Tiger "Probably Overpaid" Elin; $100M Pact?

Tiger Woods and Elin Nordegren announced Tuesday that they'd officially called it quits. The word came nine months after the car accident that led to reports surfacing that Woods had been cheating on his wife. They'd been married six years.

Pictures: Forbes Most Powerful Celebs
Pictures: Most Shocking Scandals of 2009
Pictures: Celebrity Splits
Pictures: Tiger Woods

Woods and Nordegren plan to share custody of their children, 3-year-old daughter Sam and 19-month-old son Charlie. They're each said to have completed a four-hour parenting course.

CBS News correspondent Ben Tracy reported on "The Early Show" Tuesday that Woods, a notoriously private person, has said little about the status of his relationship with his wife. However, the two have apparwently been living separate lives for months now.

Tracy said that, in court documents filed Monday, the two say their marriage is "irretrievably broken" and Elin Woods asks that her maiden name, Elin Maria Pernilla Nordegren, be restored.

In a joint statement, Woods and Nordegren said, "We are sad that our marriage is over and we wish each other the very best for the future."

Court documents show the two reached a settlement in early July. The terms are unknown, but Elin is expected to get about $100 million, says celebrity website TMZ.com. The two reportedly revised their prenuptial agreement after the scandal broke.

Since then, Woods has lost an estimated $18 to $25 million in endorsements and spent two months in sex rehab, Tracy said..

Celebrity divorce attorney Raoul Felder remarked on "The Early Show" Tuesday that Woods was in "Desperateville" when he was making deals with Nordegren's lawyers.

"He probably overpaid," Felder said. "I would judge (the amound Woods agreed to hand over at) anywhere from $100 million to almost $500 million."

"Early Show" co-anchor Erica Hill asked, "So $100 million is the low end?"

Felder replied, "Because he was desperate. July 4th, he signed a post-nuptial agreement. Then he went into rehab for two months and for an illness that half of America hopes they would have, I guess. And then he tried this ridiculous press conference that didn't work. And then the golf wasn't working. So this is the only thing left."

Felder said it's "kind of late to resuscitate the patient," but he added that he would have advised the golf star, "(to) immediately hold a real press conference and kill it."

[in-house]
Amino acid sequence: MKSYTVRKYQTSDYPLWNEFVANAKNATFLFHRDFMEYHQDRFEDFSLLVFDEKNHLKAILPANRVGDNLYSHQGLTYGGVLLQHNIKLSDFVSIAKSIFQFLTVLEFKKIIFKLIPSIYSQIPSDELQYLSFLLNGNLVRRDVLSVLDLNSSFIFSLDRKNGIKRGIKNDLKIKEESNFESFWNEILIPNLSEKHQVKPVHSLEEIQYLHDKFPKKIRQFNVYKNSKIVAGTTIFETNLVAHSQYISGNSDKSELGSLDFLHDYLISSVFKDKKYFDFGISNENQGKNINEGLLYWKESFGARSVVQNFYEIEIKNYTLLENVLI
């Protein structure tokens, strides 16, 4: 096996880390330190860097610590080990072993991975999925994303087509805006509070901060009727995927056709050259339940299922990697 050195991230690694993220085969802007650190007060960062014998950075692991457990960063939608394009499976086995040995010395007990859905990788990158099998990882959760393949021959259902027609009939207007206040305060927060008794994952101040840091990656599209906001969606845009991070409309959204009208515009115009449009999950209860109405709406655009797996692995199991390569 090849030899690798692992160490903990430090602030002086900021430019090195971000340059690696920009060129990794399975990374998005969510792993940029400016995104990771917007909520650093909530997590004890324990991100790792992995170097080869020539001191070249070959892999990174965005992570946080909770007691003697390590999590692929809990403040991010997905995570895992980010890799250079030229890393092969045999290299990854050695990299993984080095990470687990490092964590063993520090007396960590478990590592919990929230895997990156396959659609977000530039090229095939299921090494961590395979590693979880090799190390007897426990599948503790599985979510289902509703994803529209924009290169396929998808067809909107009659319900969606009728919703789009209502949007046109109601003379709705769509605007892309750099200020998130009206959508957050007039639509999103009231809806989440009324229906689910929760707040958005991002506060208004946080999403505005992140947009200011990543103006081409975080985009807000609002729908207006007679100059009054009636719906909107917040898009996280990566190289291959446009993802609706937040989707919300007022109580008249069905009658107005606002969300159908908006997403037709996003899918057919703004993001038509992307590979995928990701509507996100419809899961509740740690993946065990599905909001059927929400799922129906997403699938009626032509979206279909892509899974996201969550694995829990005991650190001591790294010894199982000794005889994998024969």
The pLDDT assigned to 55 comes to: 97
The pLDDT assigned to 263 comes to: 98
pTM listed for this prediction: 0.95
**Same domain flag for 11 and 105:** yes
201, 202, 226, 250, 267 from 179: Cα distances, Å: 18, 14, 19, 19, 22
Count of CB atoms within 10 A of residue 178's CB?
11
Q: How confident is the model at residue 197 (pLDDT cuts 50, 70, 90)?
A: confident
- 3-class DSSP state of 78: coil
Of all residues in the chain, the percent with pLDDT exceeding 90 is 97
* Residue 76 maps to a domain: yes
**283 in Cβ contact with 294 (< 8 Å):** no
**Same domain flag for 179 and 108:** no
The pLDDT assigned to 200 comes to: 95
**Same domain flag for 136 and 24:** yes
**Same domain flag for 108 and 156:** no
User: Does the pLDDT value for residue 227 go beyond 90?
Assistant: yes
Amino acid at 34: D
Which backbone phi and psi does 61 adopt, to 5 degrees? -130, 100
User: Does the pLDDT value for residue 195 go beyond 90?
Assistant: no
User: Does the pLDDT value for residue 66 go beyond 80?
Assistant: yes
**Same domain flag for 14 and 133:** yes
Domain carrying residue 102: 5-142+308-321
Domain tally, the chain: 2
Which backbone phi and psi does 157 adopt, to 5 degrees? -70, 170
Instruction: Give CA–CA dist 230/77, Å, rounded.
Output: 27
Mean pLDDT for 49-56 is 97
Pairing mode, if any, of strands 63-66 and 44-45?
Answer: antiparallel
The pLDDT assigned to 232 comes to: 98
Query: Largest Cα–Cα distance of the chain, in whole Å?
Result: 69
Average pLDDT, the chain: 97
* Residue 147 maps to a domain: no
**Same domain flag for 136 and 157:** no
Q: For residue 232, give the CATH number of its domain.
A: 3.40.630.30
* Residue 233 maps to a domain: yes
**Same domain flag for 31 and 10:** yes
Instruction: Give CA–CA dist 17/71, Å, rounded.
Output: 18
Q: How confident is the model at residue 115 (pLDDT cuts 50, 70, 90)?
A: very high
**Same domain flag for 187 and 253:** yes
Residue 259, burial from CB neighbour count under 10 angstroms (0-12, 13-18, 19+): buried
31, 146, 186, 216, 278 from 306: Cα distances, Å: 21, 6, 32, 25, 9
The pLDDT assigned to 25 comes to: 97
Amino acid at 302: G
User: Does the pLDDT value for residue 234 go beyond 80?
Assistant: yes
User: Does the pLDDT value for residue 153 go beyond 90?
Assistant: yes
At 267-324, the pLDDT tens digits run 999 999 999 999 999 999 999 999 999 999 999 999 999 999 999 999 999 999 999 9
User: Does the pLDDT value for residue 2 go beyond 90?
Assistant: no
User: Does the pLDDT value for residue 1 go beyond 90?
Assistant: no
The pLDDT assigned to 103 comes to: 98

"He is paying for confidentiality," Felder said. "That's something you can never get at any price. ... It never works. The cousin tells the brother in law and all of a sudden it's there again. The only pray you have is you stagger payments. But no woman wants staggered payments. So I think he's had it. He's in Desperateville. He the best he did the best thing he could. But it's not going to work."

Hill pointed out that Nordegren clearly had the upper hand since their relationship began to unravel just before Thanksgiving last year when Woods crashed his car outside the couple's Florida home -- and women began coming out of the woodwork.

Felder agreed, saying, "She had him by the throat. I mean, girls were coming over like a bakery, 'take a number,' you know, 'next girl.'"

But what about the pre-nuptial agreement between the two? Felder says it was likely rewritten, but didn't work to salvage the marriage.

"Pre-nups matter, but this was a very unusual situation," he said. "He had to stop this hemorrhaging that he was having, and so he killed the pre-nup and made it much more rich. But it didn't help."

Woods and Nordegren's children are also caught in the middle of the divorce.

Felder explained, "You look at the statement: We love each other. We love the kids. Here's the translation: We hate each other. We wish you'd drop dead by Thursday and all that stuff. But having said all that, kids are the victims here. Particularly here. Everybody knows about their folks' divorce. Kids at school, the parents, boyfriend, girlfriends."

The one silver lining in the divorce?

The lawyers get paid, according to Felder.

Hill pointed out Nordegren had up to eight lawyers.

"It was the best thing for lawyers since the Magna Carta," Felder joked, adding, "One of them was a cousin. She even had the family on payroll."

Tracy reported Woods is expected to play a tournament at the Ridgewood Country Club on Thursday, but though he's back on the course, he's clearly off his game.

David Dusek, deputy editor of Golf.com, told CBS News, "His worst golf performance ever as professional was a couple of weeks ago in Akron, Ohio. He finished 18 over par. It's all been a mental problem for Tiger Woods in 2010."
  • CBSNews

Comments